A Federal Perkins Loan, or Perkins Loan, was a need-based student loan part of the Federal Direct Student Loan Program, offered by the U.S. Department of Education to assist American
college A college (Latin: ''collegium'') is an educational institution or a constituent part of one. A college may be a degree-awarding tertiary educational institution, a part of a collegiate or federal university, an institution offerin ...
students in funding their
post-secondary education Tertiary education, also referred to as third-level, third-stage or post-secondary education, is the educational level following the completion of secondary education. The World Bank, for example, defines tertiary education as including uni ...
. The program was named after Carl D. Perkins, a former member of the
U.S. House of Representatives The United States House of Representatives, often referred to as the House of Representatives, the U.S. House, or simply the House, is the lower chamber of the United States Congress, with the Senate being the upper chamber. Together the ...
Kentucky Kentucky ( , ), officially the Commonwealth of Kentucky, is a state in the Southeastern region of the United States and one of the states of the Upper South. It borders Illinois, Indiana, and Ohio to the north; West Virginia and Virginia ...
. Perkins Loans carried a fixed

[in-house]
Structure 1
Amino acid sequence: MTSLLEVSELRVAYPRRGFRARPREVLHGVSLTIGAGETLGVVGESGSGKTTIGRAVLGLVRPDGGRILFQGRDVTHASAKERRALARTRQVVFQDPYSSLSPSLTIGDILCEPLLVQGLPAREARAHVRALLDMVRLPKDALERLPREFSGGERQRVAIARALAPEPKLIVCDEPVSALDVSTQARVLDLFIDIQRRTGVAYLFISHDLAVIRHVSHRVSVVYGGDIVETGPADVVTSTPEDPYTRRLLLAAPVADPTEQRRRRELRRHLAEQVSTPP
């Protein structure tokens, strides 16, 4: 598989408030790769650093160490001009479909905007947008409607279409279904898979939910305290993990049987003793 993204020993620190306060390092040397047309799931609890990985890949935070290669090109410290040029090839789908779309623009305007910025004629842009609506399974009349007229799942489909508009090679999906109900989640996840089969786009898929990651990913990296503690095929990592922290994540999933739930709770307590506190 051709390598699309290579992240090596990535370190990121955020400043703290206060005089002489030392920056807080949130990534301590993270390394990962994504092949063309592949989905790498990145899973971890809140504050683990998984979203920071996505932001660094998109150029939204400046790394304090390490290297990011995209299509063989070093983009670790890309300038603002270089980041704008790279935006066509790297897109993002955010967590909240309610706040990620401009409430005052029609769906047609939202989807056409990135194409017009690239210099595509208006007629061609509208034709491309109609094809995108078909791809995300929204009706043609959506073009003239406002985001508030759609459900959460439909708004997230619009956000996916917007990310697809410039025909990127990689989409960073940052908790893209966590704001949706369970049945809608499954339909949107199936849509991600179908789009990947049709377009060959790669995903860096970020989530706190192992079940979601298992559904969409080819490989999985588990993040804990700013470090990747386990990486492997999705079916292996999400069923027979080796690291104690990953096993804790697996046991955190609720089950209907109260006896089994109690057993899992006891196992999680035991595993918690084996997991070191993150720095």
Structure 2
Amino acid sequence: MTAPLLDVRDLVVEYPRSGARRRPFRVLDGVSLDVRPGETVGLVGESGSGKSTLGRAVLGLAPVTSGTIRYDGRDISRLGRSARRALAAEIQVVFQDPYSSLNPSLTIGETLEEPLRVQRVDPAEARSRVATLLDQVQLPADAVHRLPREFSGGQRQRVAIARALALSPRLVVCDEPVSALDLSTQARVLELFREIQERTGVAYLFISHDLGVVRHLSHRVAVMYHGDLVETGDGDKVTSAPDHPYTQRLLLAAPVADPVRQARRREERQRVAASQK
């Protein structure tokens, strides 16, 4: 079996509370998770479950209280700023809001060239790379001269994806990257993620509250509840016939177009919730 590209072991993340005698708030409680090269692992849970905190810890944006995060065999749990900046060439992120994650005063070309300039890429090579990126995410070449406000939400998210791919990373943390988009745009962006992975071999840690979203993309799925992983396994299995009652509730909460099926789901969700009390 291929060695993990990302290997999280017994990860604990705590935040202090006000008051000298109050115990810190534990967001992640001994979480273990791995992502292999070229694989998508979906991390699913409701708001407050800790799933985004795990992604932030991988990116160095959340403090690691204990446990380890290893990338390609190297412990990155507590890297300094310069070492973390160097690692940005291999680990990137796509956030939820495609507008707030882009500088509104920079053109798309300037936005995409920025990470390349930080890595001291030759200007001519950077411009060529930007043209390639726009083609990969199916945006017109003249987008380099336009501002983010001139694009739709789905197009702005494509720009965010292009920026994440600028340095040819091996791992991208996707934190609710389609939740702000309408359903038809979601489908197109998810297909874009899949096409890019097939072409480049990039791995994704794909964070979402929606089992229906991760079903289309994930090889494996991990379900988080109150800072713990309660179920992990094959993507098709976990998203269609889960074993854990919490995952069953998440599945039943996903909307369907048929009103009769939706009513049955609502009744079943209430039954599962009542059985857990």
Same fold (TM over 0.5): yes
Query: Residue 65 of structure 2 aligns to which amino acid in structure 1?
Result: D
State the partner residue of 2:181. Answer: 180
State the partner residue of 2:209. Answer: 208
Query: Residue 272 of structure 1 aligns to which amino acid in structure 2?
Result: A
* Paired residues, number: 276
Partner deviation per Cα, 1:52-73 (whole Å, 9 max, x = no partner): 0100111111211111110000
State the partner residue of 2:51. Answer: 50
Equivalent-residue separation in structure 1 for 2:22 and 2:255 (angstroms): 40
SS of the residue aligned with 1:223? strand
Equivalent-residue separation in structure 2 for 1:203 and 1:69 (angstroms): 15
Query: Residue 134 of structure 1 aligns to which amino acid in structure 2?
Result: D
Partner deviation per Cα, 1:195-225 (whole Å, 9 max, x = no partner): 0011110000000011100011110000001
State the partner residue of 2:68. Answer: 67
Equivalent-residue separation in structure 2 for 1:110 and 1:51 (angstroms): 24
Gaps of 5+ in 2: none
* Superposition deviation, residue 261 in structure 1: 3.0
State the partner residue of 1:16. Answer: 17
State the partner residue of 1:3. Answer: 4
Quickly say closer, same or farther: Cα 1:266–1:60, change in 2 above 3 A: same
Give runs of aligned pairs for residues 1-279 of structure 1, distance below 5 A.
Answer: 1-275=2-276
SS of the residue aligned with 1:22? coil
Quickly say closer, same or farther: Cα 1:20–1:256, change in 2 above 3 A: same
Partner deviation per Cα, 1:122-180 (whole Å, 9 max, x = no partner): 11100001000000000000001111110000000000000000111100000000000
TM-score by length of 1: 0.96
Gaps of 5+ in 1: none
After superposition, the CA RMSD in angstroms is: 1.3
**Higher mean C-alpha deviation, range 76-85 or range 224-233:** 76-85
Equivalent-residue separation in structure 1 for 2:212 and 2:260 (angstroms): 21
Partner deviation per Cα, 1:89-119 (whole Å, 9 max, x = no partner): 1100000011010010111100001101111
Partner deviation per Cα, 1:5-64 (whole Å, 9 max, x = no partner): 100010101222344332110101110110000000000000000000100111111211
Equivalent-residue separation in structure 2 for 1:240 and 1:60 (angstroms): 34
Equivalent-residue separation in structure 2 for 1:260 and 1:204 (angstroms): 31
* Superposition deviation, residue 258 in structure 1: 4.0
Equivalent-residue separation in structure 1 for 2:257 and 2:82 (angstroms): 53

interest rate An interest rate is the amount of interest due per period, as a proportion of the amount lent, deposited, or borrowed (called the principal sum). The total interest on an amount lent or borrowed depends on the principal sum, the interest rate, th ...
of 5% for the duration of the ten-year repayment period. The Perkins Loan Program had a nine-month grace period, so that borrowers began repayment in the tenth month upon graduating, falling below half-time status, or withdrawing from their college or university. Since the Perkins Loan was subsidized by the government, interest did not begin to accrue until the borrower began to repay the loan. In the 2009–2010 academic year, the loan limits for undergraduates were $5,500 per year with a lifetime maximum loan of $27,500. For graduate students, the limit was $8,000 per year with a lifetime limit of $60,000 (including undergraduate loans). Perkins Loans were eligible for Federal Loan Cancellation for individuals choosing to work in a number of different public service occupations including early childhood education, elementary and secondary school teaching, speech therapy, nursing, law enforcement, librarian, public defense attorney, fire fighting and certain active duty military postings. Depending on the field of employment, further restrictions on the setting of employment may apply. For example, forgiveness for teachers may be restricted to designated low-income schools or specific teacher shortage areas such as math, science, and bilingual education and forgiveness for nurses requires employment at a non-profit medical facility. A percentage of the loan was cancelled for each year spent teaching full-time (as long as the loan remains in good standing). This cancellation also applies to Peace Corps Volunteers. Cancellation typically occurs on a graduating scale: 15% for year 1, 15% for year 2, 20% for year 3, 20% for year 4, 30% for year 5. These percentages were based on the original debt amount. Thus after 3 years of service, one would have 50% of their original debt cancelled. On September 30, 2017, the Federal Perkins Loan program failed to renew in Congress, thus effectively ending the loan program.

See also

* Stafford Loan * Student loans in the United States

External links

U.S. Dept. of Education: Federal Perkins Loans

U.S. Dept. of Education: Federal Perkins Loan Teacher Cancellation


{{Student loans Student loans in the United States